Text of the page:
Awkward Legal Construction

One of the more confusing parts of the standard Minnesota Buyer Rep agreement — the contract governing the relationship between a home Buyer and their Realtor — is the two-part section discussing compensation.

The first part states that the Buyer will pay the agent a to-be-specified retainer fee.

That sure would be nice . . . . but practically, that’s not how Buyers’ agents get paid.

The second part says that the Buyer will pay the Realtor the greater of:  a) a specified percentage of the house purchase price; or b) a flat fee.

Devil in the Details

But wait — doesn’t the Seller pay the Buyer’s Agent??

Keep reading:

The very next paragraph explains that any commission that the Buyer’s Broker receives from the Seller or Listing Broker acts as a credit against the amount that the Buyer would otherwise owe their Realtor.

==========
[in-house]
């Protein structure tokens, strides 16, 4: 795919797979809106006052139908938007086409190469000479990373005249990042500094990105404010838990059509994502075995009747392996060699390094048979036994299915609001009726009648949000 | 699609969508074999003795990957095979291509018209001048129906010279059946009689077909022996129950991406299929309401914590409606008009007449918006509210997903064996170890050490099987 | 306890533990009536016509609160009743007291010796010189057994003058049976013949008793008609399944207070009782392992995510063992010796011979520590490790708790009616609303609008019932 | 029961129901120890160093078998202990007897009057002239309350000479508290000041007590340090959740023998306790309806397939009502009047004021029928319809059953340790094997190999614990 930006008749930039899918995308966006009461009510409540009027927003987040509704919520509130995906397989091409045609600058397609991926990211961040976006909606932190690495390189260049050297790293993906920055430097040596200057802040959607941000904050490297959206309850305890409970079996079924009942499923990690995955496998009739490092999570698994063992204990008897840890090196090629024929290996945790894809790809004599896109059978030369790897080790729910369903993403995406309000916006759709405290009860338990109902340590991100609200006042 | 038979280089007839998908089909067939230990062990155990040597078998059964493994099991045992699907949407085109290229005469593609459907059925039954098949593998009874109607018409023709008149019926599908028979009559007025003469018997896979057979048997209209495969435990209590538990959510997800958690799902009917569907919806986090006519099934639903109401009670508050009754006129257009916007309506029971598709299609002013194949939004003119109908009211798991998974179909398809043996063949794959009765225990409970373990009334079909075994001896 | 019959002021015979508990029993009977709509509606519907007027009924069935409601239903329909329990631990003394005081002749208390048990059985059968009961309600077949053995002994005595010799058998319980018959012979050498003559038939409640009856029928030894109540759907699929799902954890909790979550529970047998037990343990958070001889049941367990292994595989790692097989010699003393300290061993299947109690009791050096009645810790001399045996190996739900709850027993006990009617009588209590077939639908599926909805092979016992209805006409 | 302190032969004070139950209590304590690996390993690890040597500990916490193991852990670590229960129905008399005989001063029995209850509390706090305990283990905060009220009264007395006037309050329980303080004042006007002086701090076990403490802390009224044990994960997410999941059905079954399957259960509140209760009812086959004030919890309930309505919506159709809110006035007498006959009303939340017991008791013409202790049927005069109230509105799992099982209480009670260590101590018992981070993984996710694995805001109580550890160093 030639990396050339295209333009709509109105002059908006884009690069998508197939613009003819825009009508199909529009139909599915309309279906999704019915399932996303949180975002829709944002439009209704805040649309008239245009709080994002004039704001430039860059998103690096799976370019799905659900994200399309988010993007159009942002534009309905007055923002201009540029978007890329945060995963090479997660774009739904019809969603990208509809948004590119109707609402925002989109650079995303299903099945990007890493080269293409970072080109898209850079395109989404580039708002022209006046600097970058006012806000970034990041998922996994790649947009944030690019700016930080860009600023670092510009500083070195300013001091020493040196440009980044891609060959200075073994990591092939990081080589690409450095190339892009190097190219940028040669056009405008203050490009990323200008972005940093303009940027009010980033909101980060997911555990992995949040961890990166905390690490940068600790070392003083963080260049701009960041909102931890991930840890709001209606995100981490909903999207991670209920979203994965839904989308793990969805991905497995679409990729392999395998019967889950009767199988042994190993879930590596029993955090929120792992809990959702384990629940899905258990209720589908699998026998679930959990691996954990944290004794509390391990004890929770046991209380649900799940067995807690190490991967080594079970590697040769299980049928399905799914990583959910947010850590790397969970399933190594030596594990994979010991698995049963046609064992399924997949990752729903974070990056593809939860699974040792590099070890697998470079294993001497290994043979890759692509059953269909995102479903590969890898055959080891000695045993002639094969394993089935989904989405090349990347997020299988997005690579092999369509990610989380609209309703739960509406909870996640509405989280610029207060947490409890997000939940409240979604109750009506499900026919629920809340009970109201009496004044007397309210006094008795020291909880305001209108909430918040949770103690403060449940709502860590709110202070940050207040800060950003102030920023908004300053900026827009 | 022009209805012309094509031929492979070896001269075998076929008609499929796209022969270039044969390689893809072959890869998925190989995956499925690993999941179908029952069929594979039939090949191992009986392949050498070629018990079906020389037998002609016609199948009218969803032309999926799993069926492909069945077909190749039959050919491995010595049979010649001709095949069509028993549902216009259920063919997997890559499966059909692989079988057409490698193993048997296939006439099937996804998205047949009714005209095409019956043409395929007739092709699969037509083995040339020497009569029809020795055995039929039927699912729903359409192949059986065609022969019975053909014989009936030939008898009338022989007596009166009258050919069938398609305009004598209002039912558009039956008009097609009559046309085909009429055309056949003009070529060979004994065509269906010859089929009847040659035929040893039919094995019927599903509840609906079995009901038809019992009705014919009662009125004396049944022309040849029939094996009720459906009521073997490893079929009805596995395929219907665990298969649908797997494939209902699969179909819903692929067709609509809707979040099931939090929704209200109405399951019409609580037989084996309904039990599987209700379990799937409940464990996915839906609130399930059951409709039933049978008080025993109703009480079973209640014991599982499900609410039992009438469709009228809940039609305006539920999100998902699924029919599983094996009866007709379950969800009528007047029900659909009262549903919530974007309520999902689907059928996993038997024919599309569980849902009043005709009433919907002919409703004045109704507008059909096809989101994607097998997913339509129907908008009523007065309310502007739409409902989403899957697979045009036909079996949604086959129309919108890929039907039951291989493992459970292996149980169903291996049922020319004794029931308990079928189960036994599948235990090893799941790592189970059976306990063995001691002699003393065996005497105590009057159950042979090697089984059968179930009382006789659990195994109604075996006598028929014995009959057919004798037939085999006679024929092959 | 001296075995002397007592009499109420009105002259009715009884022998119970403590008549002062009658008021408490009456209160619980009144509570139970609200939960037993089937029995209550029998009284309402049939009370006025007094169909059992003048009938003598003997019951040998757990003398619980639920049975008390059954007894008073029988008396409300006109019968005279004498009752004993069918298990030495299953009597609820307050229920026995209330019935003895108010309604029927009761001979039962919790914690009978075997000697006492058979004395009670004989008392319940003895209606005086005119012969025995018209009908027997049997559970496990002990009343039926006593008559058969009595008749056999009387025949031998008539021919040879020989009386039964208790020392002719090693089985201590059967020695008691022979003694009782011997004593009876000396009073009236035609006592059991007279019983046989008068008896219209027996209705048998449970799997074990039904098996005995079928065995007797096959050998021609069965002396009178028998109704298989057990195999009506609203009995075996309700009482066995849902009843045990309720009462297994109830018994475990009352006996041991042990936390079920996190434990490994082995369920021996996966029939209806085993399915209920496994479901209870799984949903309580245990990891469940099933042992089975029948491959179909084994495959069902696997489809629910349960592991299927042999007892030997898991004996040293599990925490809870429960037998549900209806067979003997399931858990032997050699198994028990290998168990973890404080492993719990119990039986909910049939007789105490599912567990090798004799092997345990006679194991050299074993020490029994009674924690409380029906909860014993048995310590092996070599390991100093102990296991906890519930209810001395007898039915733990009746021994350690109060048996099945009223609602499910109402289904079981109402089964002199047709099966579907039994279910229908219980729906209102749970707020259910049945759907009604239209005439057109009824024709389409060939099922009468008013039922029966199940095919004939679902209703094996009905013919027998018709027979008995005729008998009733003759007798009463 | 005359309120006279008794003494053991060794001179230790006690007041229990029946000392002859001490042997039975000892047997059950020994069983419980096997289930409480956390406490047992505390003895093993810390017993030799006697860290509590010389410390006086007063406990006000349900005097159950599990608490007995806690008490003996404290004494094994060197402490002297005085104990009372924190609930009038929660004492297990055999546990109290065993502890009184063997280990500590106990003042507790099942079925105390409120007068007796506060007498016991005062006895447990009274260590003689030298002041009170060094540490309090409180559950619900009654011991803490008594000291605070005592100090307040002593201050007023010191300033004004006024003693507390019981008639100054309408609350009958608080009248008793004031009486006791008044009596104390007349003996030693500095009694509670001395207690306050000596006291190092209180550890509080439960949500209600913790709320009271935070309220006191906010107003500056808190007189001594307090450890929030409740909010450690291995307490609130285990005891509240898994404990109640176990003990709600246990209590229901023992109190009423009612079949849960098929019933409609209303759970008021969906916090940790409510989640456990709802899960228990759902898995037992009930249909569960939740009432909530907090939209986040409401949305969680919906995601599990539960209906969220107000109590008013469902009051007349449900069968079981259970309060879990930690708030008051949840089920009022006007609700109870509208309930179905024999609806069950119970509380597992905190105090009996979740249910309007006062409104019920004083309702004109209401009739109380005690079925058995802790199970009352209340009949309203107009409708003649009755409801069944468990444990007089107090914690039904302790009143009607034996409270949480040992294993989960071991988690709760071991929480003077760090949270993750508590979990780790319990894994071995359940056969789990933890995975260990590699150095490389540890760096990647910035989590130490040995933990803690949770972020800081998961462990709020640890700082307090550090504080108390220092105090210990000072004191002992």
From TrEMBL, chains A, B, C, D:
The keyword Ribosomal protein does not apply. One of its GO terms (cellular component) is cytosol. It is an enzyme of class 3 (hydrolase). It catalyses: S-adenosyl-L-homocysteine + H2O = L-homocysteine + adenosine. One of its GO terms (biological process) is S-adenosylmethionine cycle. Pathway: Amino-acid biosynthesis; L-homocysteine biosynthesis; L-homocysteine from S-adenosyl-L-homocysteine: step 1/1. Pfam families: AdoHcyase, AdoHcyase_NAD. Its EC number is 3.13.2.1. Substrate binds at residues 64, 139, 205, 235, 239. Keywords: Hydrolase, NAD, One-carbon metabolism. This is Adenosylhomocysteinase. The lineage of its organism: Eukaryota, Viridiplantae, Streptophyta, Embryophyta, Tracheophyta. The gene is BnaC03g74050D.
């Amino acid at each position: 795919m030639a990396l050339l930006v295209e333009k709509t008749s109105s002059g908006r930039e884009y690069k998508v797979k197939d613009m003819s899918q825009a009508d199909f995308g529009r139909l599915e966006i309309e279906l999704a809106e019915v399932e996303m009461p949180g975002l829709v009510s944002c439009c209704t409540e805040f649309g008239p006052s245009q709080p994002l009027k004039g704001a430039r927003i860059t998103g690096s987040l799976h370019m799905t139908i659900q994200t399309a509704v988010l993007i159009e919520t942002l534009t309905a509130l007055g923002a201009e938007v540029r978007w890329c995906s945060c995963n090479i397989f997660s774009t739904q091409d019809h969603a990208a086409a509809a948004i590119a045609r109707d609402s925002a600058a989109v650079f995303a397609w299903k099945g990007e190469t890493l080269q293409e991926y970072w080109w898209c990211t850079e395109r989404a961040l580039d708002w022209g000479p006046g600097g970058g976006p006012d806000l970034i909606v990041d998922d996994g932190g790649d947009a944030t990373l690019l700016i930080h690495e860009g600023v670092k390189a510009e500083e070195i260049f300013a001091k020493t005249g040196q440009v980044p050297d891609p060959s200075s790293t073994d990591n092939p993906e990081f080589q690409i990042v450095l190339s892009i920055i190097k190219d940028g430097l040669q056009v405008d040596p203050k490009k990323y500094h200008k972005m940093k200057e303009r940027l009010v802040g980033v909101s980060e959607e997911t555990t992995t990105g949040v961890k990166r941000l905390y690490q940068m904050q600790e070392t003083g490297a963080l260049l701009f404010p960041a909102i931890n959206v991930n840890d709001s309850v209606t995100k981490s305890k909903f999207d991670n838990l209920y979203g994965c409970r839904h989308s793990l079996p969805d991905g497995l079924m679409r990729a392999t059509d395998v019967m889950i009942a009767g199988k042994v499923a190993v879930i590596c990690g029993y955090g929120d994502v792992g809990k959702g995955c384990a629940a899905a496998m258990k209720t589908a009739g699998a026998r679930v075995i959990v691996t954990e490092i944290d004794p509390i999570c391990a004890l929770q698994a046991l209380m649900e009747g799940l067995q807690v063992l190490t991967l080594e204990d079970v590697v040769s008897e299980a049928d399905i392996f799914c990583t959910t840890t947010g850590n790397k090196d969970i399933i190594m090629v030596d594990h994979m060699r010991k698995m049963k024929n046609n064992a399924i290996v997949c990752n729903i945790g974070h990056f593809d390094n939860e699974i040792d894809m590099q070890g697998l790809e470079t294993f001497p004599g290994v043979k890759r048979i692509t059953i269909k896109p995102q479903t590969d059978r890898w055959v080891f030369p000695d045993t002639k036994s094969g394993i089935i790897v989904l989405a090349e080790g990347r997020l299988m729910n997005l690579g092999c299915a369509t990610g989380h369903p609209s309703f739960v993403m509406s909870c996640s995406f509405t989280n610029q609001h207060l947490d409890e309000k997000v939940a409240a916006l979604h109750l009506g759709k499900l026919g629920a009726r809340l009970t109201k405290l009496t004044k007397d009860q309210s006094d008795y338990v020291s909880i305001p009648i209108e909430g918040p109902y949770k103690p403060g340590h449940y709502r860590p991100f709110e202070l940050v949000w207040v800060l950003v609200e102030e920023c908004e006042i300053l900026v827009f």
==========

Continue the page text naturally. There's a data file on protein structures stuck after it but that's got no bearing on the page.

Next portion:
Translation:  if the Buyer promises to pay their agent 2.7% of the home’s purchase price (a commonly used number), and the home they ultimately buy has at least a 2.7% payout (what the Listing Broker is offering Buyers’ Agents) — they owe their agent nothing.

Which is how it works out the vast majority of the time.

P.S.:  Bonus Question — if the payout is more than the specified percentage, is the Buyer ever entitled to a rebate?

No, because the payout arrangement is between the Listing Broker and the Broker that the Buyer’s agent works for — not between the Buyer and their agent.

In legal jargon, there’s no “privity” between the Buyer and the Listing Broker.

About the author

Ross Kaplan has 19+ years experience selling real estate all over the Twin Cities. He is also a 12-time consecutive "Super Real Estate Agent," as determined by Mpls. - St. Paul Magazine and Twin Cities Business Magazine. Prior to becoming a Realtor, Ross was an attorney (corporate law), CPA, and entrepreneur. He holds an economics degree from Stanford.

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